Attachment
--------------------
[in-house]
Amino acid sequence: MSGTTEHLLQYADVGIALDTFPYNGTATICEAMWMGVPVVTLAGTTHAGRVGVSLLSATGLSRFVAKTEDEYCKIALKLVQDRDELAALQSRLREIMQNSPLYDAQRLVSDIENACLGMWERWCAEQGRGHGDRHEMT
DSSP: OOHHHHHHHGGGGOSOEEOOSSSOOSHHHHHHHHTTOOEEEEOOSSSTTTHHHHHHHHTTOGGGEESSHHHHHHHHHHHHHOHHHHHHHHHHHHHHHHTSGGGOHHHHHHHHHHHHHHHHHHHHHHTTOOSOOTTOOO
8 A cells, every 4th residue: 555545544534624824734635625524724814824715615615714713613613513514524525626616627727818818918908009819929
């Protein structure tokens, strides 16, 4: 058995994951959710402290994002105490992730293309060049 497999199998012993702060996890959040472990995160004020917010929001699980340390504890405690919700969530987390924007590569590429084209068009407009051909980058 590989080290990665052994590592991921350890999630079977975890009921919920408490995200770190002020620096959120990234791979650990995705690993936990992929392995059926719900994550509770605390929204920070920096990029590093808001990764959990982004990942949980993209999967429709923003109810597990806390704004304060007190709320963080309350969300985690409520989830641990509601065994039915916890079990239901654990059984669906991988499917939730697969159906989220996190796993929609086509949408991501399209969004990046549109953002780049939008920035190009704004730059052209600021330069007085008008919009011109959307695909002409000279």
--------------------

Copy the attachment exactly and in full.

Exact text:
[in-house]
Amino acid sequence: MSGTTEHLLQYADVGIALDTFPYNGTATICEAMWMGVPVVTLAGTTHAGRVGVSLLSATGLSRFVAKTEDEYCKIALKLVQDRDELAALQSRLREIMQNSPLYDAQRLVSDIENACLGMWERWCAEQGRGHGDRHEMT
DSSP: OOHHHHHHHGGGGOSOEEOOSSSOOSHHHHHHHHTTOOEEEEOOSSSTTTHHHHHHHHTTOGGGEESSHHHHHHHHHHHHHOHHHHHHHHHHHHHHHHTSGGGOHHHHHHHHHHHHHHHHHHHHHHTTOOSOOTTOOO
8 A cells, every 4th residue: 555545544534624824734635625524724814824715615615714713613613513514524525626616627727818818918908009819929
């Protein structure tokens, strides 16, 4: 058995994951959710402290994002105490992730293309060049 497999199998012993702060996890959040472990995160004020917010929001699980340390504890405690919700969530987390924007590569590429084209068009407009051909980058 590989080290990665052994590592991921350890999630079977975890009921919920408490995200770190002020620096959120990234791979650990995705690993936990992929392995059926719900994550509770605390929204920070920096990029590093808001990764959990982004990942949980993209999967429709923003109810597990806390704004304060007190709320963080309350969300985690409520989830641990509601065994039915916890079990239901654990059984669906991988499917939730697969159906989220996190796993929609086509949408991501399209969004990046549109953002780049939008920035190009704004730059052209600021330069007085008008919009011109959307695909002409000279």